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Lesson Transcript

Hi everyone.
Welcome to The Ultimate Greek Pronunciation Guide.
In this lesson, you'll learn 13 Greek consonant sounds that are produced by double consonant combinations.
γγ (as in γγαστρώνω)
γγ (as in φεγγάρι)
γγ (as in έγγραφο)
γκ (as in γκολ)
γκ (as in εγκοπή)
μπ (as in μπάνιο)
μπ (as in αμπέλι)
μπ (as in σαμπουάν)
ντ (as in ντουλάπα)
ντ (as in ένταλμα)
ντ (as in ίντερνετ)
τσ (as in τσά2)
τζ (as in τζάκι)
These combinations might seem intimidating at first, but you'll be surprised at how easy they are to tackle.
Are you ready?
Then let's get started!
We will be examining the first four double consonant combinations together. That's because those have pronunciation variations that luckily follow similar patterns or rules, so to make things easier for you we have grouped them according to those rules.
When these four double consonant combinations are at the beginning of a word or within a word but after a consonant, then we pronounce them like this...
"γγ
γγαστρώνω
γκ
γκολ
αργκό
μπ
μπάνιο
μπάρμπας
ντ
ντουλάπα
καλντερίμι"
The first two sounds are like the G in the word 'goggles', while the next two are like the B from 'buy' and D from 'dad'.
γγ/γκ, γγ/γκ (slowly)
γγ/γκ, γγ/γκ (slowly)
μπ, μπ (slowly)
μπ, μπ (slowly)
ντ, ντ (slowly)
ντ, ντ (slowly)
When these double consonant combinations are within a word and after a vowel, they are usually pronounced with nazalization and they sound like this...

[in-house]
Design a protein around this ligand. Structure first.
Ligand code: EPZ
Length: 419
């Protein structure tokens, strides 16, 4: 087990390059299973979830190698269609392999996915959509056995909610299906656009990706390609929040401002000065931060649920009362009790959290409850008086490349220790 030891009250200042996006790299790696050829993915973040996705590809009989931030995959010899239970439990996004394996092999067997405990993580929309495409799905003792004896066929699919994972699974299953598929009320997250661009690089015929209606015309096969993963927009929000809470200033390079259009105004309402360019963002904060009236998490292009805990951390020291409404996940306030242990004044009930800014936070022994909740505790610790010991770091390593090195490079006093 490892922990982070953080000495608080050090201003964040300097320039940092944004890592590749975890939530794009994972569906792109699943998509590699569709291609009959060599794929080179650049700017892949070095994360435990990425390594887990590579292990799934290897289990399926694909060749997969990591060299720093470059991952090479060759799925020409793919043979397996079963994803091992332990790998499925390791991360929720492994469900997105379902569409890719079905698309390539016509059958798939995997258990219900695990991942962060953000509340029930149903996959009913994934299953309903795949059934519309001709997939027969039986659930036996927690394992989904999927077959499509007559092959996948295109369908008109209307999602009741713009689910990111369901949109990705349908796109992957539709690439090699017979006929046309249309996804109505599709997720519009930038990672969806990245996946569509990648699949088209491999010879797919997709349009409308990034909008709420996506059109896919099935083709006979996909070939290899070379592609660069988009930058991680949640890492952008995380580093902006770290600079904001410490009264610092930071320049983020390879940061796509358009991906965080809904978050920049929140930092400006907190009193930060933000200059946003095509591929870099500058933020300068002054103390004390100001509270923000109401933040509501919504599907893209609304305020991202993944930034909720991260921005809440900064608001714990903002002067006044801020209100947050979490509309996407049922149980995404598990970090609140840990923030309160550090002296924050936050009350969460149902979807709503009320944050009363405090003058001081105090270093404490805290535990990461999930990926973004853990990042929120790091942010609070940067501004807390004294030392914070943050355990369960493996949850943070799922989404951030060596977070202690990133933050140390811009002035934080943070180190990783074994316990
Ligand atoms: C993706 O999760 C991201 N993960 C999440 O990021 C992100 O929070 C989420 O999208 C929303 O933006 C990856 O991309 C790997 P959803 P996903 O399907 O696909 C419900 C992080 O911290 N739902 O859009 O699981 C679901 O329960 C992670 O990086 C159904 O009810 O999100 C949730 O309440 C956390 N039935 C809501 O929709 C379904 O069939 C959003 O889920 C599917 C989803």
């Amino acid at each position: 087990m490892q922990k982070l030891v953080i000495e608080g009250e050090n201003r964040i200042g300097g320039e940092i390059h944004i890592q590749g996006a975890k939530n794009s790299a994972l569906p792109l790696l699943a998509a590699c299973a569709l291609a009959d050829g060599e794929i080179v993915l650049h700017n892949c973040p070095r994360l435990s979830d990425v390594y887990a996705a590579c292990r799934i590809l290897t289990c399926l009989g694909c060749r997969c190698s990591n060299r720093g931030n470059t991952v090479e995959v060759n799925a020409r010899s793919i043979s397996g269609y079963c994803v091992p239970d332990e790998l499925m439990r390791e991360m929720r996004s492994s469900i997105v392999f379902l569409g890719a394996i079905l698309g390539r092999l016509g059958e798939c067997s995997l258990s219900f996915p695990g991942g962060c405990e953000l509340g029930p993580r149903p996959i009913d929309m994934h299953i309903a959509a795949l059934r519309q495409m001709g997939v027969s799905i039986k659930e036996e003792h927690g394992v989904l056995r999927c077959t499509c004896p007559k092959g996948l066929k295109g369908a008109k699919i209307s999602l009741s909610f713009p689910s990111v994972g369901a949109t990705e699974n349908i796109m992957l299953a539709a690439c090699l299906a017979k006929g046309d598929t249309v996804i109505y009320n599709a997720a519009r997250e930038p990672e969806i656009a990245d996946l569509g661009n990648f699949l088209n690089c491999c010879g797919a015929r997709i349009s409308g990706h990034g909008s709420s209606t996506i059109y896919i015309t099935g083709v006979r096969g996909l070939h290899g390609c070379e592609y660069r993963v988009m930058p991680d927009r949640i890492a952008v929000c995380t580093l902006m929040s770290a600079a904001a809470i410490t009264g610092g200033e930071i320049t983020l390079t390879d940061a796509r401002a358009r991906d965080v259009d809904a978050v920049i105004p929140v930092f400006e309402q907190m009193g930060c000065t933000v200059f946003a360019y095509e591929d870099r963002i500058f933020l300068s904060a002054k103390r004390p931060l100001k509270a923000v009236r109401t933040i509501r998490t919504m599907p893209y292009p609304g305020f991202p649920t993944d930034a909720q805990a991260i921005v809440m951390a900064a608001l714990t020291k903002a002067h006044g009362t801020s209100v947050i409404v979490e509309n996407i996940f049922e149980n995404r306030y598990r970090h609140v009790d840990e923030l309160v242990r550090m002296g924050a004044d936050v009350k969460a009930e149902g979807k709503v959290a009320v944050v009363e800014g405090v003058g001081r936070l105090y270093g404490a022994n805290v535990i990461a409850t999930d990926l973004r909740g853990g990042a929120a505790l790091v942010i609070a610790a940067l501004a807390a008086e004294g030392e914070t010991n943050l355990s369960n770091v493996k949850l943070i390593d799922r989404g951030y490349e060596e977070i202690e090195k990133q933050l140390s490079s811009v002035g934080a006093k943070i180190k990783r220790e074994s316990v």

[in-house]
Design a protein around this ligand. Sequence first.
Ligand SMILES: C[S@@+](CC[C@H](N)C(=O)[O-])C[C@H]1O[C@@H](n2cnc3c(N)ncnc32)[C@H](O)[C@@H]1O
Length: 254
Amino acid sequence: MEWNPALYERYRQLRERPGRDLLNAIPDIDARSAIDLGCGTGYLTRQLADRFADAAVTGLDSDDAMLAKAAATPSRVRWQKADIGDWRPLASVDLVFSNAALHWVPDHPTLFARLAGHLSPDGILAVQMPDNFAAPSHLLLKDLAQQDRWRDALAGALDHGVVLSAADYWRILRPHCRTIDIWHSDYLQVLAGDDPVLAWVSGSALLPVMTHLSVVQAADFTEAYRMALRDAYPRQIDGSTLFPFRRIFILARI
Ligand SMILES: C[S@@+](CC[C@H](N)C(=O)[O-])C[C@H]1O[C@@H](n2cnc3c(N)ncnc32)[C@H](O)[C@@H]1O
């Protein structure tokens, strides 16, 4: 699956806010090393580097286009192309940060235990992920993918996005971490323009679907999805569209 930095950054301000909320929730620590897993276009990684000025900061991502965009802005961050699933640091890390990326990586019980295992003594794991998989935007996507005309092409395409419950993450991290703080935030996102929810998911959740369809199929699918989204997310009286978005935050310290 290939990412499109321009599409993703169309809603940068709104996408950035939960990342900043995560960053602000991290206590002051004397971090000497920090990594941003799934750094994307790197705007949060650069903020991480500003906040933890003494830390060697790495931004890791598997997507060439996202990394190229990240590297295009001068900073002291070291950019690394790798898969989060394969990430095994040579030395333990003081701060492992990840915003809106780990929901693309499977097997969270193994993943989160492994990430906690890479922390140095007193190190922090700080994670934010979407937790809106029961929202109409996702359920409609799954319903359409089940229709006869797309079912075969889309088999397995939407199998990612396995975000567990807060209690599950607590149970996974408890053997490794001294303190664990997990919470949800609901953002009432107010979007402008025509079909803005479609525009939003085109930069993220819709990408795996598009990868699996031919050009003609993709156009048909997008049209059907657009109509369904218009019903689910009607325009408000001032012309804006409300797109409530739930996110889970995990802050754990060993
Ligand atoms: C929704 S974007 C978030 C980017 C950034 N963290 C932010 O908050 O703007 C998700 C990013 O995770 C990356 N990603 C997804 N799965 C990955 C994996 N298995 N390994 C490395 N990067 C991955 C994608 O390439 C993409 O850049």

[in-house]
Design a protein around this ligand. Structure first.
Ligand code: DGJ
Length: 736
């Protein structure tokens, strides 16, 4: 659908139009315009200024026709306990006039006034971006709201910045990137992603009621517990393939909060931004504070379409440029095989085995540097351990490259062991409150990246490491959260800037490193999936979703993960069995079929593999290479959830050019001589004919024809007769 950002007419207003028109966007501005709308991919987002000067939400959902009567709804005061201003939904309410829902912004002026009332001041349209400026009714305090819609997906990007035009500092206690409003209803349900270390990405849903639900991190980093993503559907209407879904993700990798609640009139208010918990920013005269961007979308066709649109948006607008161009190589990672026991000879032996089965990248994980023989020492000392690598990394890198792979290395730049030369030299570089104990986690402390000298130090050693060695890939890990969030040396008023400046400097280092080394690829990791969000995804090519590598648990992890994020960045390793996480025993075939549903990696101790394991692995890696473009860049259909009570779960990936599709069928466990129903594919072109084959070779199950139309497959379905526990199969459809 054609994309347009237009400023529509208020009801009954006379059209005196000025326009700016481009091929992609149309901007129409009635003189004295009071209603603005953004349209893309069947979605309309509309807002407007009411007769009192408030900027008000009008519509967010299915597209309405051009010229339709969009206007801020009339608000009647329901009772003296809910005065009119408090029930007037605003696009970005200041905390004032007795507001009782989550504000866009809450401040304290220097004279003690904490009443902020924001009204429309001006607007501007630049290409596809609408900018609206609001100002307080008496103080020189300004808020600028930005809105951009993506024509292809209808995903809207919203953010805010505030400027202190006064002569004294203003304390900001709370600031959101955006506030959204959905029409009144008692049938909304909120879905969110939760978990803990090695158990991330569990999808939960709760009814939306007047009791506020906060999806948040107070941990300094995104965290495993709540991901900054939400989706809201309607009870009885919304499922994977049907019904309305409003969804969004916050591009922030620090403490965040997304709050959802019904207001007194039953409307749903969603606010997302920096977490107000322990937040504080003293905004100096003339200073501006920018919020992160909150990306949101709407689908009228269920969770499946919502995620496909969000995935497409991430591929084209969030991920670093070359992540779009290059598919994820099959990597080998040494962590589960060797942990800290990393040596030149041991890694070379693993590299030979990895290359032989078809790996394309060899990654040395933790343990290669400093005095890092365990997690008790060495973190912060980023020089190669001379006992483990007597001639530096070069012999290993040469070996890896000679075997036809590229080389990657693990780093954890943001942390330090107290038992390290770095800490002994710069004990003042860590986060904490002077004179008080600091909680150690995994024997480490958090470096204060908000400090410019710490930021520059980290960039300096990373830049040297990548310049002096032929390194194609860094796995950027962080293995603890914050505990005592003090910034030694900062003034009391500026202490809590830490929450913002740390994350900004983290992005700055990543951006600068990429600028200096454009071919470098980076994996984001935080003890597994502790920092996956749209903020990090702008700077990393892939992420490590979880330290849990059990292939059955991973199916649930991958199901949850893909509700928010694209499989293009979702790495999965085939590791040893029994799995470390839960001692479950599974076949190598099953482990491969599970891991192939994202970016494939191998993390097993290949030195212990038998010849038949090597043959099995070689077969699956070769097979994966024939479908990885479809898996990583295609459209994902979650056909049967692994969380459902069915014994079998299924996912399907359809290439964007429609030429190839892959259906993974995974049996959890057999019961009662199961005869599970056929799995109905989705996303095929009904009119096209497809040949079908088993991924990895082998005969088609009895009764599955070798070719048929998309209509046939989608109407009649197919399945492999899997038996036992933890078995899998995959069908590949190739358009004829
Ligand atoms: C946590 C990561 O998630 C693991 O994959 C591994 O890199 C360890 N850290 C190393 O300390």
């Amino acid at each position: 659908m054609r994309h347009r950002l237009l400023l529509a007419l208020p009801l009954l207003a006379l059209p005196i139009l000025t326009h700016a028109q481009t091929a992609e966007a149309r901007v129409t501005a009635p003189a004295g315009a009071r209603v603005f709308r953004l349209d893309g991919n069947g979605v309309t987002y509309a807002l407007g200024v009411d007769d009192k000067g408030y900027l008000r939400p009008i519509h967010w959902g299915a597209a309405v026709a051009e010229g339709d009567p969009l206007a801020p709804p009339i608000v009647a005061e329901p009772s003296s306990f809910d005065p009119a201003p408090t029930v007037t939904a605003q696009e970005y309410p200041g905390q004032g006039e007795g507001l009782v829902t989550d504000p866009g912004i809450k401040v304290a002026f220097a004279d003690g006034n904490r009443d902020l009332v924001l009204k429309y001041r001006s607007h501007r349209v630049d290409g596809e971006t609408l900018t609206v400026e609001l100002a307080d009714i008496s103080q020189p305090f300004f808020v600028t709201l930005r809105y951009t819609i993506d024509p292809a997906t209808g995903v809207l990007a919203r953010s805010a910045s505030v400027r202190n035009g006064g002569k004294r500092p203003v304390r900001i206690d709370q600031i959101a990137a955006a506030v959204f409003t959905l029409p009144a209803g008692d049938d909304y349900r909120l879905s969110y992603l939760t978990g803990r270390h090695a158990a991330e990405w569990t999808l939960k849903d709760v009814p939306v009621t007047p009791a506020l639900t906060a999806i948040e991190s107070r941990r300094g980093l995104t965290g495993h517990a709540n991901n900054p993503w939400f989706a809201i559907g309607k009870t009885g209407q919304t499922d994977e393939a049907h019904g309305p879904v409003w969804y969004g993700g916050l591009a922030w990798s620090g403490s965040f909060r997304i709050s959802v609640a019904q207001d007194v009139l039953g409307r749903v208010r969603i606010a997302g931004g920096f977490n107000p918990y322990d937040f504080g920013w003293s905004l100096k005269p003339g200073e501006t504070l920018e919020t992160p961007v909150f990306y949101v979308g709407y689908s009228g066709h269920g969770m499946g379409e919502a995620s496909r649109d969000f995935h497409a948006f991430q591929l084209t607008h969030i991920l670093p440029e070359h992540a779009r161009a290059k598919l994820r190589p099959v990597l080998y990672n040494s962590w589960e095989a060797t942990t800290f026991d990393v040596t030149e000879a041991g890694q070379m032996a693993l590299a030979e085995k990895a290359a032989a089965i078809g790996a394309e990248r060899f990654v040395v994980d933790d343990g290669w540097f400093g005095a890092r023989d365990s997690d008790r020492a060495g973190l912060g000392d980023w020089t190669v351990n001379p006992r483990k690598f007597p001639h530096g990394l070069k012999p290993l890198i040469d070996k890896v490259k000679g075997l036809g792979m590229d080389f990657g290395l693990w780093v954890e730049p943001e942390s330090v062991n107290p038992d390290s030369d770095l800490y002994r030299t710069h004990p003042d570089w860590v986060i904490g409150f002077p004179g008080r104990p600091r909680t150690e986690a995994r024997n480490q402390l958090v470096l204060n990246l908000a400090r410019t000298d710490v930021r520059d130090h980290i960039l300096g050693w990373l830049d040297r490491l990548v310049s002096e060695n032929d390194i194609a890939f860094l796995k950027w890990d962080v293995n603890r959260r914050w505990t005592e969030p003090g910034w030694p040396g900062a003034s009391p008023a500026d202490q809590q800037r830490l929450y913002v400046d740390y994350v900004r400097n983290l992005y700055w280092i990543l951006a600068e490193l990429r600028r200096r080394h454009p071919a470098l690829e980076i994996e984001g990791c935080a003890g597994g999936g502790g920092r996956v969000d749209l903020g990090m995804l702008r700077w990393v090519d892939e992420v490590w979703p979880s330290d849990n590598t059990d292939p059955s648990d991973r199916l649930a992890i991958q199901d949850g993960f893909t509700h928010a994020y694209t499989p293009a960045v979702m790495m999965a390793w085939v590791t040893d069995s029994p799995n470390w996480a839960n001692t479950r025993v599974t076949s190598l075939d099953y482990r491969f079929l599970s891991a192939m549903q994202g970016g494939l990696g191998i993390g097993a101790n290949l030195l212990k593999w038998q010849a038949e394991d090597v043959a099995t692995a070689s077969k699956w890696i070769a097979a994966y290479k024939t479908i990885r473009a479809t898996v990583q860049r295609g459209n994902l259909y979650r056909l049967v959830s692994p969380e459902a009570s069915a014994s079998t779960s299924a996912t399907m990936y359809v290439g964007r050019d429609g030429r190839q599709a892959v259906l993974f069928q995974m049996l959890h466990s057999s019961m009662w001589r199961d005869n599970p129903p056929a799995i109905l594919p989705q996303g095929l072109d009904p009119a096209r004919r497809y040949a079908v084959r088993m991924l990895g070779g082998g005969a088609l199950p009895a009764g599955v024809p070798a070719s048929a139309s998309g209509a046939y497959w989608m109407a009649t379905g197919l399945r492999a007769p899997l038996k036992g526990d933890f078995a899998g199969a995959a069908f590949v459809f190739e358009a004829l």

"γγ
φεγγάρι
γκ
εγκοπή
μπ
αμπέλι
ντ
ένταλμα"
The first two sounds are like the NG in the word 'finger', while the next two are like the MB in 'amber' and ND in 'end'.
γγ/γκ, γγ/γκ (slowly)
γγ/γκ, γγ/γκ (slowly)
μπ, μπ (slowly)
μπ, μπ (slowly)
ντ, ντ (slowly)
ντ, ντ (slowly)
Many Greeks, especially when they speak casually, might pronounce these double consonant combination as a "dry" G B and D sounds respectively even within a word and after a vowel. But the standard and more refined pronunciation is the way we showed you just now.
Another thing to keep in mind is that the above rule does not always apply to these consonant combinations. Some words, usually foreign or loan words but some native Greek words as well, might behave unexpectedly.
For example the combination of M and P in Greek, are never pronounced as B when followed by a T sound. Every letter in this case is pronounced separately. For example...
"μπτ
Πέμπτη
μεμπτός
σύμπτυξη"
Other exceptions include...
"γγ
έγγραφο
γκ
αλέγκρο
μπ
σαμπουάν
ντ
ίντερνετ"
For the first word, it's like the NG sound in the word 'finger', but instead of a hard G like before, it's with a very loosely held G sound. You should feel a slight buzzing sensation. For the second word, we have a sound that is the familiar G sound of 'goggles'. And in the third and fourth words the double consonant combinations are actually pronounced separately resulting in a M-P sound, like in 'Imperial', and an N-T sound like 'internet'. Let's hear them again.
γγ / γκ (slowly)
γγ / γκ (slowly)
μπ, μπ (slowly)
μπ, μπ (slowly)
ντ, ντ (slowly)
ντ, ντ (slowly)
The next consonant sound is...
"τσ
τσέλο
Τσιτσάνης
τσούζω"